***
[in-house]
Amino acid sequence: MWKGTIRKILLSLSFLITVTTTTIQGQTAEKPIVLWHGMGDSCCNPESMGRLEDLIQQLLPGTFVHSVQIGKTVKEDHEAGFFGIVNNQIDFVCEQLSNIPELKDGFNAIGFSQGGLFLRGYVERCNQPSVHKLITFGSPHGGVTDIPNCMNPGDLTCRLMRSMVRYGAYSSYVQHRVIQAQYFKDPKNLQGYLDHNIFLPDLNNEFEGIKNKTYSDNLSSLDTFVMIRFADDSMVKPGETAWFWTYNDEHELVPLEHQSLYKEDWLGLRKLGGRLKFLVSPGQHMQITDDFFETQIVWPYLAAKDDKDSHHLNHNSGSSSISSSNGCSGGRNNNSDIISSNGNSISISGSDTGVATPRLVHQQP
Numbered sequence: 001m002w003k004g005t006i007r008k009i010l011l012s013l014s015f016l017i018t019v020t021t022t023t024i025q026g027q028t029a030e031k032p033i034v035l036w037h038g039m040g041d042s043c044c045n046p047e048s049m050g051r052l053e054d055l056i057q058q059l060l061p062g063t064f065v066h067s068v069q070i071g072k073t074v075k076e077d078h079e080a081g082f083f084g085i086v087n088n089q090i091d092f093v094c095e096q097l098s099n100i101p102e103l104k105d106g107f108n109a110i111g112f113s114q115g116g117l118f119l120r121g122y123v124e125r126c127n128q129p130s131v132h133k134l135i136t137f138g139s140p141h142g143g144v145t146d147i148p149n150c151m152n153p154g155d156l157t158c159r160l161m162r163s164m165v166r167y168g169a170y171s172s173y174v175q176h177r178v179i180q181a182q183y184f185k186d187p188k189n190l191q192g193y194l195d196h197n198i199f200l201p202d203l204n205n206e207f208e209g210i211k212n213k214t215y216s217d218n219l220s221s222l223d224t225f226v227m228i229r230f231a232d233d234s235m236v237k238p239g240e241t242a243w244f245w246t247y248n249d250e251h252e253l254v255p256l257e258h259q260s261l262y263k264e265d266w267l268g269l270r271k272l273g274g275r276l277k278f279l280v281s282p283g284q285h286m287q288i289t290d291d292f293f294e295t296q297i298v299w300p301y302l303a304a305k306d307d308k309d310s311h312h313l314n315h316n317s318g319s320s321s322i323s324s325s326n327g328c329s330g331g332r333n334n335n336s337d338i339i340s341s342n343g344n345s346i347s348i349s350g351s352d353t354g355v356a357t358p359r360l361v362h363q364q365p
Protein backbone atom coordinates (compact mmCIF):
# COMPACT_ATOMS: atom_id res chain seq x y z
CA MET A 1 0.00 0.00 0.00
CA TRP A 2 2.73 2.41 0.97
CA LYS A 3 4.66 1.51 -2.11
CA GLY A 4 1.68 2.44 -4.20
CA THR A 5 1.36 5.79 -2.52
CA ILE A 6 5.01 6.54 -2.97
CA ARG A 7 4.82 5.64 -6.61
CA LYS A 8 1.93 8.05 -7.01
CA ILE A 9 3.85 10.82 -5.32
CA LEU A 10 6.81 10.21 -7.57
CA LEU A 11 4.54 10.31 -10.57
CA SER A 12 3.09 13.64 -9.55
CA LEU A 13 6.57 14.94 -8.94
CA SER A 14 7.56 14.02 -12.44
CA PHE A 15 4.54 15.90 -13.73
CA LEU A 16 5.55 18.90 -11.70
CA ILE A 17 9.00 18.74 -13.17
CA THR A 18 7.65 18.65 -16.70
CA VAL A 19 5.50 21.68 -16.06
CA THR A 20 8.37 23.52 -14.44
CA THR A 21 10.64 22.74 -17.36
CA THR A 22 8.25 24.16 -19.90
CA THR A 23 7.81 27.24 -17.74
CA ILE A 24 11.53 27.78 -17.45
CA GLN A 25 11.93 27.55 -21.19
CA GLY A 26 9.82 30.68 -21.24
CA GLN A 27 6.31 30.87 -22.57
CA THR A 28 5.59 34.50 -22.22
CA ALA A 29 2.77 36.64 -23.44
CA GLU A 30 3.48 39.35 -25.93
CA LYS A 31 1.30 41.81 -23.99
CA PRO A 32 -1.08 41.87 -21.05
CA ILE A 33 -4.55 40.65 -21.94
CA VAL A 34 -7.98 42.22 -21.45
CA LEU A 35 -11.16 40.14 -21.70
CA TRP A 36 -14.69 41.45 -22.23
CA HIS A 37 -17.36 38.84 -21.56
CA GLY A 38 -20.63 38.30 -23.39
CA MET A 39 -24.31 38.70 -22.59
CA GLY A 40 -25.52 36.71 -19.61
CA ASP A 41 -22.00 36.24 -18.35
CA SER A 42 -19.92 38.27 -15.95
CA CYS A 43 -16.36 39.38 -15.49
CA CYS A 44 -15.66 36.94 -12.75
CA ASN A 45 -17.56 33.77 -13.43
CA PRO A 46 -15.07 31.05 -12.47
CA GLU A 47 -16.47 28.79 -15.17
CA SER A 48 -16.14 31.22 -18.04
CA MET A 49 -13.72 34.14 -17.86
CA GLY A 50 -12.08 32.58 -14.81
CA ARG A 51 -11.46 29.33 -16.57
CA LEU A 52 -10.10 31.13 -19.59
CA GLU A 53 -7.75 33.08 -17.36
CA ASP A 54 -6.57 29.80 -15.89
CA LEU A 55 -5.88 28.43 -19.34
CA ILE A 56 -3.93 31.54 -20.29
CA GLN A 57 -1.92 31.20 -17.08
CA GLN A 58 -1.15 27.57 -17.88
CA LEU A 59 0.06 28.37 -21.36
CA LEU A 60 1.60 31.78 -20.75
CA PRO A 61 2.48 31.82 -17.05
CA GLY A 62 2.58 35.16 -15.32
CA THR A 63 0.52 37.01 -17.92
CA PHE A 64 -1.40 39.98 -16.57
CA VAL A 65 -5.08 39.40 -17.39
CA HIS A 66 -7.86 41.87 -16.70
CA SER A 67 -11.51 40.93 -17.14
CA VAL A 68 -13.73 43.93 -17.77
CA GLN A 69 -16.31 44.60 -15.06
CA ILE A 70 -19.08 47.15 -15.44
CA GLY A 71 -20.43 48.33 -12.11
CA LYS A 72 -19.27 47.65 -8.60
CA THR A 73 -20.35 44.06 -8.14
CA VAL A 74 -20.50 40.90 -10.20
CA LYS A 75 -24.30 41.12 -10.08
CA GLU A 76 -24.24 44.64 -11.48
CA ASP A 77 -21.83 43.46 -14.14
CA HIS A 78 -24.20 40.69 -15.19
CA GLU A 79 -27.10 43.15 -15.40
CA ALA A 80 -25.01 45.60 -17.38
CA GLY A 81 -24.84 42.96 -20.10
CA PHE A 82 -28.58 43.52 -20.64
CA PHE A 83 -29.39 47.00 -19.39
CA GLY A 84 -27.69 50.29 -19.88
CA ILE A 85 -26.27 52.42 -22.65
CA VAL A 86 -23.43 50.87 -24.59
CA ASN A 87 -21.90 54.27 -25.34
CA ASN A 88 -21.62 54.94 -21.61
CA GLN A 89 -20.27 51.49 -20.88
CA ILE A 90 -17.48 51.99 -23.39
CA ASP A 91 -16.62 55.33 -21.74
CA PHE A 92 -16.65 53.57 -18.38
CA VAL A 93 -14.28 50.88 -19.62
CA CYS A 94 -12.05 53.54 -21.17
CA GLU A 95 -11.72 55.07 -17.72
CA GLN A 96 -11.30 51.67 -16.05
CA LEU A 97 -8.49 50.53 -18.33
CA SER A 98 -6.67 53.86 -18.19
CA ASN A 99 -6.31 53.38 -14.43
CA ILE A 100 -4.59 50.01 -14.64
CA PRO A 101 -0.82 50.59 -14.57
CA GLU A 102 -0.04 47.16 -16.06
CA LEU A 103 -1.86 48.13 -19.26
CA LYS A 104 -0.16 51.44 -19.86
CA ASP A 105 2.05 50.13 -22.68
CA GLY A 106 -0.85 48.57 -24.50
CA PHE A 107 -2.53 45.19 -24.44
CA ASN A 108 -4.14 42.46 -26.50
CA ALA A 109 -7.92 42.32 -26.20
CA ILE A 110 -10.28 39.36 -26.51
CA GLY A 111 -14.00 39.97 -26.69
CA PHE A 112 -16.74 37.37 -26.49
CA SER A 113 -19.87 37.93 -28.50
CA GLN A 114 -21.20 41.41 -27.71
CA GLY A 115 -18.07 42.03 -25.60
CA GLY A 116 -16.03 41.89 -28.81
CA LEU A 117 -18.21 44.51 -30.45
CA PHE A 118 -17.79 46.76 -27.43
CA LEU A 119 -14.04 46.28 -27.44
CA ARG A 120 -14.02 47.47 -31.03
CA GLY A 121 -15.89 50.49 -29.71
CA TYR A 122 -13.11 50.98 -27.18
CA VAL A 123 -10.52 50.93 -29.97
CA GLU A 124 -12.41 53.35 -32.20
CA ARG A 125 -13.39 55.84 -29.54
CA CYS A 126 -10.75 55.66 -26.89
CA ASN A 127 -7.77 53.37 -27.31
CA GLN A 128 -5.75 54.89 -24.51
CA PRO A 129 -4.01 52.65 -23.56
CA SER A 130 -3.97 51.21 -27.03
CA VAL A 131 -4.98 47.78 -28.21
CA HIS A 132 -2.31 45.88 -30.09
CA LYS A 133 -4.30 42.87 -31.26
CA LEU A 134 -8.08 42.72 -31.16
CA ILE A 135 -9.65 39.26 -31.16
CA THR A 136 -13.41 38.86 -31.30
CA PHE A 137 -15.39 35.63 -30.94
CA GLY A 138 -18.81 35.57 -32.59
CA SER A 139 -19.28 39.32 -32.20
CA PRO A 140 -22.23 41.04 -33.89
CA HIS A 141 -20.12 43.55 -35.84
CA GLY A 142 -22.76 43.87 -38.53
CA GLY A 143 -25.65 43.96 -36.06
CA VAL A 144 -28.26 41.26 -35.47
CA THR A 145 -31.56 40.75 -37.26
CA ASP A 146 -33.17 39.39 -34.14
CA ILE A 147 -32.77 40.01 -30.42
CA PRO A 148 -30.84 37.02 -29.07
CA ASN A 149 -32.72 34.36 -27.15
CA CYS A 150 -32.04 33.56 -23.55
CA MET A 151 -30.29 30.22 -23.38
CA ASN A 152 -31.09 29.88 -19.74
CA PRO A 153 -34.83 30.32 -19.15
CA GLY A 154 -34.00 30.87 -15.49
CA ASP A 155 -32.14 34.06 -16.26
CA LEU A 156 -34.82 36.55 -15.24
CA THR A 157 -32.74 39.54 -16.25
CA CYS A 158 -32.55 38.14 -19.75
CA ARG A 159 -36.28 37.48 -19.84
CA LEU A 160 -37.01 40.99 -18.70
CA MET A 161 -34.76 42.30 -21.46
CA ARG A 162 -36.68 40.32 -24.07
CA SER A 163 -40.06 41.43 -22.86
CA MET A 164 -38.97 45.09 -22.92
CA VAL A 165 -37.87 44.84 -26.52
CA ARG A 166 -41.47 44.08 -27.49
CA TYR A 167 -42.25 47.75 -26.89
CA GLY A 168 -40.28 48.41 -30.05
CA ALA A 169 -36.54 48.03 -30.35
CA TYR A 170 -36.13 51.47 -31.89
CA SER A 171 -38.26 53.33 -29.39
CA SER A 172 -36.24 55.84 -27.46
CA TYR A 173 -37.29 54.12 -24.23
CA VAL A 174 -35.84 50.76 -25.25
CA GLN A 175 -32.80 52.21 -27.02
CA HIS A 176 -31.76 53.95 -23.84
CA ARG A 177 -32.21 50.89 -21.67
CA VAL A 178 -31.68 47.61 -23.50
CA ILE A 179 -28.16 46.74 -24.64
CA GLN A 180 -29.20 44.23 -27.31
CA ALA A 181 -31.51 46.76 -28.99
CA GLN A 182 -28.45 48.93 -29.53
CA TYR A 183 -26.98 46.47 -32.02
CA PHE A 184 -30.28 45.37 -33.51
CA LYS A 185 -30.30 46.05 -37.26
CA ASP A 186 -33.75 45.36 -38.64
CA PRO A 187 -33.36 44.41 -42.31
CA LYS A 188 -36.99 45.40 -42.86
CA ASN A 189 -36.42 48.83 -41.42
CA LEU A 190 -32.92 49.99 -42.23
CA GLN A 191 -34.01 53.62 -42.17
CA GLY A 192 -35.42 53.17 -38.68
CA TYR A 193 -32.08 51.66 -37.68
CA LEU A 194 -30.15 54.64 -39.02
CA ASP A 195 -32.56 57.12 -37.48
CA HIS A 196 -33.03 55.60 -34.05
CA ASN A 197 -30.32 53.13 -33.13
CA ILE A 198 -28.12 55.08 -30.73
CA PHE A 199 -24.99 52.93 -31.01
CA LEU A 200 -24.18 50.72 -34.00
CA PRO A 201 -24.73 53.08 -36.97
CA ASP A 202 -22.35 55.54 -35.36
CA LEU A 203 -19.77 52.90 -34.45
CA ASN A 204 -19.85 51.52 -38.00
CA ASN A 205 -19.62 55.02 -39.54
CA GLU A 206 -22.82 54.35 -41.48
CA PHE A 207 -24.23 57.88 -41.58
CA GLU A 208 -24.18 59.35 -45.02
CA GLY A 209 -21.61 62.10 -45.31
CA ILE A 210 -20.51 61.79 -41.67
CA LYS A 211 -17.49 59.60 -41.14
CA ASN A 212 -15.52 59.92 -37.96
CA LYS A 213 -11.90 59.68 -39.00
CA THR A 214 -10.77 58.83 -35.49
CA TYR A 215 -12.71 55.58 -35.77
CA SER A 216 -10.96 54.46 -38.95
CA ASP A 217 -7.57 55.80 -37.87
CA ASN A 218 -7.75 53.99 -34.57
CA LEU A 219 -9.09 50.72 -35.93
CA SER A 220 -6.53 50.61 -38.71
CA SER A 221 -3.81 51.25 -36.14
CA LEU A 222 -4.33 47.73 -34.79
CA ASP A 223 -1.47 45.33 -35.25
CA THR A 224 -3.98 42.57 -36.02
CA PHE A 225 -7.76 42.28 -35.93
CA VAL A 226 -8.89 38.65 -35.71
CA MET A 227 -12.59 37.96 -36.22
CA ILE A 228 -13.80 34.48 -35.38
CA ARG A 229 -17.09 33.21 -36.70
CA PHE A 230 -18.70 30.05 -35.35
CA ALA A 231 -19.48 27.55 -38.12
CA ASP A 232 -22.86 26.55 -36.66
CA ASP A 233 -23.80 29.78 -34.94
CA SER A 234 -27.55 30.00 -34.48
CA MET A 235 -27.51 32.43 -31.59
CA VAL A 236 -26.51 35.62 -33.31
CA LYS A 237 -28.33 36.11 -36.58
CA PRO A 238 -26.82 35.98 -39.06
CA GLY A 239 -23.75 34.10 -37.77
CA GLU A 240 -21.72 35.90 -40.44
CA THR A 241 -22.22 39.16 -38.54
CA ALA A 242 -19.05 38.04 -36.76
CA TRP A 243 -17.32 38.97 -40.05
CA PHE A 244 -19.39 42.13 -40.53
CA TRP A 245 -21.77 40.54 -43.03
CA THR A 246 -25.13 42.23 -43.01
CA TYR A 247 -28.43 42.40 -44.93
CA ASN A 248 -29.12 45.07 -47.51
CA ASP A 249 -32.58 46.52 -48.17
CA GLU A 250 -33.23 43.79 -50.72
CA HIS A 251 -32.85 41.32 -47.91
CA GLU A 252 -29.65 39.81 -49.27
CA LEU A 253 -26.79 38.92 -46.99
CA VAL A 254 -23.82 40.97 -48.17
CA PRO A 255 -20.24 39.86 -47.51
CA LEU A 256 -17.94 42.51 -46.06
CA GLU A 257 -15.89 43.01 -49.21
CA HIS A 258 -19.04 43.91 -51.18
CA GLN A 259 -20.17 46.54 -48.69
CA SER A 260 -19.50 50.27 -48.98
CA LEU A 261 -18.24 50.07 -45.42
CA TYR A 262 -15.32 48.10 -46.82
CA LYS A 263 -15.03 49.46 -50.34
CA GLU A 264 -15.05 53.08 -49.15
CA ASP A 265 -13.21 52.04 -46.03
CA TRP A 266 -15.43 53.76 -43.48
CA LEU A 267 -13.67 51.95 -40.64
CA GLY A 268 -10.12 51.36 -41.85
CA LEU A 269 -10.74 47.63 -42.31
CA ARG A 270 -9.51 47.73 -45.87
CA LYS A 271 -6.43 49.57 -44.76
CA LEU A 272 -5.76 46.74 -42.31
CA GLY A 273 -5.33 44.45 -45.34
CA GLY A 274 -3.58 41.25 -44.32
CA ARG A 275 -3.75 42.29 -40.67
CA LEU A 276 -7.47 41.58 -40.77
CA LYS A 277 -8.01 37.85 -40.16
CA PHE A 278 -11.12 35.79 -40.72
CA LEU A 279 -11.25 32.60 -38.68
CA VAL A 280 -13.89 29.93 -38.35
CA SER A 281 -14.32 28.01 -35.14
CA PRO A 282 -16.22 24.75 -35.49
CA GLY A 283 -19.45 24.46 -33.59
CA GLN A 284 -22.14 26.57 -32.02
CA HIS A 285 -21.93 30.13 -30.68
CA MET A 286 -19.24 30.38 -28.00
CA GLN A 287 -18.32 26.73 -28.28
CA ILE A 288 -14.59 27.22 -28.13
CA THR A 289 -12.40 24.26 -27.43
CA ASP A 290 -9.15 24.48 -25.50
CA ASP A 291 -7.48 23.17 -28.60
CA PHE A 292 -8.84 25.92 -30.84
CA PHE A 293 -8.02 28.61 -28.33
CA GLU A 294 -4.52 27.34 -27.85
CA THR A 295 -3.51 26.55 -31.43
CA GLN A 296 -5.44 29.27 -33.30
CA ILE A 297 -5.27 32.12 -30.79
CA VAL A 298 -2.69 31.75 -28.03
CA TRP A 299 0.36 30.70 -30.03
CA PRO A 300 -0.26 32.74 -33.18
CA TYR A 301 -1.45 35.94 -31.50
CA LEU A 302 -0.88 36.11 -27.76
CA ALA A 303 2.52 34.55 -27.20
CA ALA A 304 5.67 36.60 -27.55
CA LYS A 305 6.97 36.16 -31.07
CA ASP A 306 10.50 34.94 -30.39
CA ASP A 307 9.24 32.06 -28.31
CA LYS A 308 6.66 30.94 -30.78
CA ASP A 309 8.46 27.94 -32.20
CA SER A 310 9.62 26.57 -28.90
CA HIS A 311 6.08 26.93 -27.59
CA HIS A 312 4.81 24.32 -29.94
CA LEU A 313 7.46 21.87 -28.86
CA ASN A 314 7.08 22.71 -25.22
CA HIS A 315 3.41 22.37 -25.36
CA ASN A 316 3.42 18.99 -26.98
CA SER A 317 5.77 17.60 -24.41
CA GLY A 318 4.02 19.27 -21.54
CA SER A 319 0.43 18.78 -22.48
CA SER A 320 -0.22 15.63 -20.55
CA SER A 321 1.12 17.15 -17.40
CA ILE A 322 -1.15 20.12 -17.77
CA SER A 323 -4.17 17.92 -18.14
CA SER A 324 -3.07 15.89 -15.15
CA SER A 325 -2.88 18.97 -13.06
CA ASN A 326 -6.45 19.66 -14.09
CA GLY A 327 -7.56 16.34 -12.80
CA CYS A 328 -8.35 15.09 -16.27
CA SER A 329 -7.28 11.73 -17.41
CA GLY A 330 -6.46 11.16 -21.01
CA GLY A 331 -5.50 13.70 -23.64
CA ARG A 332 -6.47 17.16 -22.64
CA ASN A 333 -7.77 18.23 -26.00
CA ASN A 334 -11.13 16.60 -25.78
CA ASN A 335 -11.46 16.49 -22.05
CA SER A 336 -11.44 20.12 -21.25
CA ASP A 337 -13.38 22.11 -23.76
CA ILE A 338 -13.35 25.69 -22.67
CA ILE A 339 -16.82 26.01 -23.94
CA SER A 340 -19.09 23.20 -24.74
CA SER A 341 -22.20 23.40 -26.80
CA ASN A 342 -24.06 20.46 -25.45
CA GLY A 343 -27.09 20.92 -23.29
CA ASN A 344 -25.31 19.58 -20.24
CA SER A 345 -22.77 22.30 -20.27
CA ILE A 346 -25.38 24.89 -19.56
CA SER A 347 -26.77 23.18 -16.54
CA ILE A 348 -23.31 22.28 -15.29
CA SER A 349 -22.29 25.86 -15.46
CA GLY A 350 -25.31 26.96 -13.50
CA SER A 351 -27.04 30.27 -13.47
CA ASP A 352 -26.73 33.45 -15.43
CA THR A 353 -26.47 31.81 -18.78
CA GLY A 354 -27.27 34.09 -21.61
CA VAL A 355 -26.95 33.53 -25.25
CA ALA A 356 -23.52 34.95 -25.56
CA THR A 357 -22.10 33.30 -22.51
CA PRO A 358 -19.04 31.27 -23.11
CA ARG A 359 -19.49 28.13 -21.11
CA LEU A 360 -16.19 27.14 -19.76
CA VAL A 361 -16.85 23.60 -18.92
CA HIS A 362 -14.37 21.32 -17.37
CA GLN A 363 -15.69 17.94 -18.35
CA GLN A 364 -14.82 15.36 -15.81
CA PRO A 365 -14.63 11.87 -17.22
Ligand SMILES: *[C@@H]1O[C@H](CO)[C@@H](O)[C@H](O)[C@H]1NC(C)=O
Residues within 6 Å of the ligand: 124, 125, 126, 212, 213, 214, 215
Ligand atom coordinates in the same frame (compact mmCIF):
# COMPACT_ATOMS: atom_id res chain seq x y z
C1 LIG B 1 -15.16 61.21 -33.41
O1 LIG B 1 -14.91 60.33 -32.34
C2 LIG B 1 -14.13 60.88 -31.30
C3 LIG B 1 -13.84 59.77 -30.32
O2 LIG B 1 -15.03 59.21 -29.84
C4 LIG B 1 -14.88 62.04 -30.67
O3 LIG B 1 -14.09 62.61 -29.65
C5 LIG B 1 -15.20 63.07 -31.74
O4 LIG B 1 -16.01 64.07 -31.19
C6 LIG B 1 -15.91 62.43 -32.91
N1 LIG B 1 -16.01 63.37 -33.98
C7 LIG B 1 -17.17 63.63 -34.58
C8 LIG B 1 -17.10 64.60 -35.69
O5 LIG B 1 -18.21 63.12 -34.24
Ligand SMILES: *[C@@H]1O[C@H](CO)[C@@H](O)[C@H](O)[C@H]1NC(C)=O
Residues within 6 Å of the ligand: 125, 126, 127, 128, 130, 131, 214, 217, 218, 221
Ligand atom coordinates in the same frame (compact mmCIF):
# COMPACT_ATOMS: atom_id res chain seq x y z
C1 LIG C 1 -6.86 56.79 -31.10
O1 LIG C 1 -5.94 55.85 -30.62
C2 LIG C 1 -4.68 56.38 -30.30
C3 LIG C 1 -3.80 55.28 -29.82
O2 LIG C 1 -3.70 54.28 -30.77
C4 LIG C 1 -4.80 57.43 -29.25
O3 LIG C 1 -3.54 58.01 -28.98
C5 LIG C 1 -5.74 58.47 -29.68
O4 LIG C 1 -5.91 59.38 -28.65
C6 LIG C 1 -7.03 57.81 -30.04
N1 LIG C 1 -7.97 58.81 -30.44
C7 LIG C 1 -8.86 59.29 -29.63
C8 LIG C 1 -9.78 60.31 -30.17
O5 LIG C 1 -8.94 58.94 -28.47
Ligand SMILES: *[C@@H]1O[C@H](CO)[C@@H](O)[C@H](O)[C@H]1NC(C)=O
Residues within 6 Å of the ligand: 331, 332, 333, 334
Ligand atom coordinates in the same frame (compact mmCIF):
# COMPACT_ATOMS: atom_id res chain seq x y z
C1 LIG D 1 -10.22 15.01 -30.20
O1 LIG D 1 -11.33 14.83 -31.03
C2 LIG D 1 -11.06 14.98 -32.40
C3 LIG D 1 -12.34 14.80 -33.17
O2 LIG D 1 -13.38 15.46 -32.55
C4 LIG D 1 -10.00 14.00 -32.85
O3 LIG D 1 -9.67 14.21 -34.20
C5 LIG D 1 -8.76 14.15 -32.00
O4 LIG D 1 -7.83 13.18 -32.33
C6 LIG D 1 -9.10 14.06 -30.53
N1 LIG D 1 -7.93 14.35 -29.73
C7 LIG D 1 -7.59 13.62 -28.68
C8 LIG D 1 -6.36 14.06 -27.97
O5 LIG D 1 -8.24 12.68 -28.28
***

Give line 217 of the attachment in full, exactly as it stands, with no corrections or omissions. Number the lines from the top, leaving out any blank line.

CA ASN A 212 -15.52 59.92 -37.96